The Revenant

By Tim McEown

Mailed on January 11, 2016

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Dear Alejandro González Iñárritu

Dear Alejandro,

You are the yin to Quentin Tarantino’s despicable yang. If you ever met and shook hands I fear that the resulting implosion of egos would envelope the universe. Your film, The Revenant—a period piece set in the American frontier of the early 1800’s—shares enormous similarities, at least in broadly thematic terms, with Tarantino’s The Hateful Eight.

These are visually ambitious, violent, sausage-fests filled with men going about the business of bringing death and destruction to themselves and others in settings that underpin how little our ambitions mean. Each depends upon the harshness of the environment to prop up their central conceits. In the Hateful Eight, it is used to facilitate a kind of locked room mystery that leans suspiciously towards the kind of paranoid tension that infuses John Carpenters The Thing. In The Revenant the wintry frontier is where men find their limits and are tested as moral creatures. It is a crucible that sorts the wheat from the chaff. The relentless, unforgiving weather is also an essential backdrop that parallels the kind of men that it attracts—ruthless, volatile and often fundamentally amoral.

Women are only present as uni-dimensional props. This is more to do with the period and location than anything else but it is not a coincidence that each of you specifically chose these settings. Both films, as well, are similarly possessed of a kind of blunt-edged philosophical bent—that more often than risks being overshadowed by the bombast of elevated performances and stunning visual flourishes.

The difference is that the The Revenant’s philosophical underpinnings, while crude, are fully realized, whereas the best than can be said about The Hateful Eight is that the 70mm print sure looks nice. Still, The Revenant is a flawed film, with a central problem it never manages to solve. Even as you successfully express the films straightforward thesis about the hollowness of our collective ambitions and desires, (especially in an environment that often annihilates us with an indifference that is literally chilling) the narrative never manages to really connect this to characters that feel fully realized. As engaging as they are, their motivations remain opaque and often seem fleeting—more contrivance than real.

With performances that are often memorable and idiosyncratic—Domhnall Gleeson and Tom Hardy are rapidly becoming two of the best English language actors around—there is still something untethered about them. The film never manages to connect all its various moving parts, despite DiCaprio’s strong lead and an interesting cast. Part of this is a problem of tone; too often the film meanders narratively when it should be as lean as its characters. However, that can and is often saved by the incredible sweep of the visuals, and the strength of the various interludes of violence and the incredible kineticism of Emmanuel Lubezki’s camera.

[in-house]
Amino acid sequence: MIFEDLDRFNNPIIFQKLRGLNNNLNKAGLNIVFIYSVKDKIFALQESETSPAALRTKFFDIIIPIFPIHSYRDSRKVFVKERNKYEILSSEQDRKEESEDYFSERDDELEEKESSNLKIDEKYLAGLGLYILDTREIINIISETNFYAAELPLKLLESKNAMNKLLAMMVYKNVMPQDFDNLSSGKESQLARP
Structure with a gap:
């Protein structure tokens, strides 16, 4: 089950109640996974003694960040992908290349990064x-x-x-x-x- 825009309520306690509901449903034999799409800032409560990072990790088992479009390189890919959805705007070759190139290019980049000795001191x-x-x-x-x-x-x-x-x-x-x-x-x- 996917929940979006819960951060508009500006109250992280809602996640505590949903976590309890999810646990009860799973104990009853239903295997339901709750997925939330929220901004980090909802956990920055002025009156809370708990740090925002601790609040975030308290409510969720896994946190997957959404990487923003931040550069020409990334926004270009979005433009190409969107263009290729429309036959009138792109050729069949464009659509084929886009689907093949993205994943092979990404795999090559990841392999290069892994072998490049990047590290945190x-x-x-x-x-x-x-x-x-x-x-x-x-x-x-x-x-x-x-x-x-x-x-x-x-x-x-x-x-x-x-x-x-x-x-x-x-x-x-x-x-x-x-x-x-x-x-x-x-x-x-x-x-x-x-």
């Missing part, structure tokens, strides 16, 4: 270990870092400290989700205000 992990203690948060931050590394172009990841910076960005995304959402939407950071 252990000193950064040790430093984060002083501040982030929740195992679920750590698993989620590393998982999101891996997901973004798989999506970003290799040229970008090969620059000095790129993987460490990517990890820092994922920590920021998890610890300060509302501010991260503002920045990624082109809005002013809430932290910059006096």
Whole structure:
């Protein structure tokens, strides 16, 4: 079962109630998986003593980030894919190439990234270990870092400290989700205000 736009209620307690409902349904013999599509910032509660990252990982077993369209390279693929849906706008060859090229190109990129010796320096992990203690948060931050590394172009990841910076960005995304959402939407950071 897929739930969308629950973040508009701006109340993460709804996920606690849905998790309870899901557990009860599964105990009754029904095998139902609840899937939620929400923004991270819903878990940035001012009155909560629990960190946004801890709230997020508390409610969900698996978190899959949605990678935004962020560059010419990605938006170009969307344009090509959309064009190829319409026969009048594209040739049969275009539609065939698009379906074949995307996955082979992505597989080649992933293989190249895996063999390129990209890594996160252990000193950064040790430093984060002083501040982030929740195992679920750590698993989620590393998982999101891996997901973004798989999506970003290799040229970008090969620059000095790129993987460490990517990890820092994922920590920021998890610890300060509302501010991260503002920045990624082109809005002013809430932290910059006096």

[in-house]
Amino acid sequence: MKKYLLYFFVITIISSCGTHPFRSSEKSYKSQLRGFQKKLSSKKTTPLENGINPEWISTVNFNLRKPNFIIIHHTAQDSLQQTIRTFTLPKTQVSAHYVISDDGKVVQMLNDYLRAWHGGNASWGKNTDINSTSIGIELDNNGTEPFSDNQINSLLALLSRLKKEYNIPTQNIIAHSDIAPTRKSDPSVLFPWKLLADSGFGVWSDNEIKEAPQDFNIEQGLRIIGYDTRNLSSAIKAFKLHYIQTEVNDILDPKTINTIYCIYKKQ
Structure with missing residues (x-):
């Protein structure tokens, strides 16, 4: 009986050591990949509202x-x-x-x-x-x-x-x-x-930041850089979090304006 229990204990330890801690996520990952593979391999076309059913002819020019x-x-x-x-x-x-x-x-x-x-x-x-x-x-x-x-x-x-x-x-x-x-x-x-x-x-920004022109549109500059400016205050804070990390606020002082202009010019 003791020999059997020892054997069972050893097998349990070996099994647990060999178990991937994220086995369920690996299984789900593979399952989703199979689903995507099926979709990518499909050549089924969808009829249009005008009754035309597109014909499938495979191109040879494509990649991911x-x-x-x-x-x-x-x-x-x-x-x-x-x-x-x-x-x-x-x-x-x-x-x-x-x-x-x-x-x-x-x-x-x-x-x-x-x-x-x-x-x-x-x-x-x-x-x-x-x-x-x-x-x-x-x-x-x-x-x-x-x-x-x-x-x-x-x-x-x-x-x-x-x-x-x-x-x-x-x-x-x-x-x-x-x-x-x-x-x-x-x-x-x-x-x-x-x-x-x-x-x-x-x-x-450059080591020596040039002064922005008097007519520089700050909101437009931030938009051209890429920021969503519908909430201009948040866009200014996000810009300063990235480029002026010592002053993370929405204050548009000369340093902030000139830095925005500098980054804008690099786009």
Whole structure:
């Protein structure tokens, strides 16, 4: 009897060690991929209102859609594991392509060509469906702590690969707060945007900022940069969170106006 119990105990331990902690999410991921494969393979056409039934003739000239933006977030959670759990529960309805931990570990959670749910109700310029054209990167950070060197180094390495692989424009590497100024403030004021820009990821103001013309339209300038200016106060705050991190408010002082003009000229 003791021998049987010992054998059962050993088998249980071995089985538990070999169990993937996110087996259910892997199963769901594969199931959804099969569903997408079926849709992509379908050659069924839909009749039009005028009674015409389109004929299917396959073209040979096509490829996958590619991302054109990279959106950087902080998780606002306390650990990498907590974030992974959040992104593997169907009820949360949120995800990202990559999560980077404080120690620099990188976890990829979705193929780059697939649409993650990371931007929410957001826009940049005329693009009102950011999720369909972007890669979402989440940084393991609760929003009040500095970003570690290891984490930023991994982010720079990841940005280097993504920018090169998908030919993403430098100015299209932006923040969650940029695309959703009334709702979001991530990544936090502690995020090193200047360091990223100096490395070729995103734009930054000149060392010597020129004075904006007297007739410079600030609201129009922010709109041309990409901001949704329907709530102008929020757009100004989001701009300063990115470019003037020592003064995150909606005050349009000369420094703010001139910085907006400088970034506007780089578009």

The fundamental difficulty, though, is withyour intent. While it is clear what the film expresses, it is not at all clear as to why that expression is worth the work the audience and the characters have to do. A more significant connection needs to be made between why these truths that bang up against one another—individual ambition and desire versus the disinterest of nature—are worthwhile subjects of yet another film. This is, after all, well trodden ground, with any number of films having explored it to greater or lesser degrees of success: Jeremiah Johnson, Little Big Man, The Last Of The Mohicans all have mined this territory extensively.

Still, just as a filmmaking venture bereft of any particular subtext, this is an incredible piece of work. It is head and shoulders above most films I have seen this year, in purely cinematic terms, and will likely win a lot of praise. It is worth seeing as entertainment, even if it falls short as a fully realized work of art.

Despite being a far better filmmaker, at least in terms of scope and originality and perhaps also artistically, you seem to be held to a different critical standard than Tarantino. Whereas you are derided for arrogance or self-regard and lofty, if simplistic, philosophical ambitions, Tarantino seems to be lauded for an ego than perhaps eclipses yours and a philosophical disposition that can be most charitably described as sophomoric. But that is an argument best had elsewhere.



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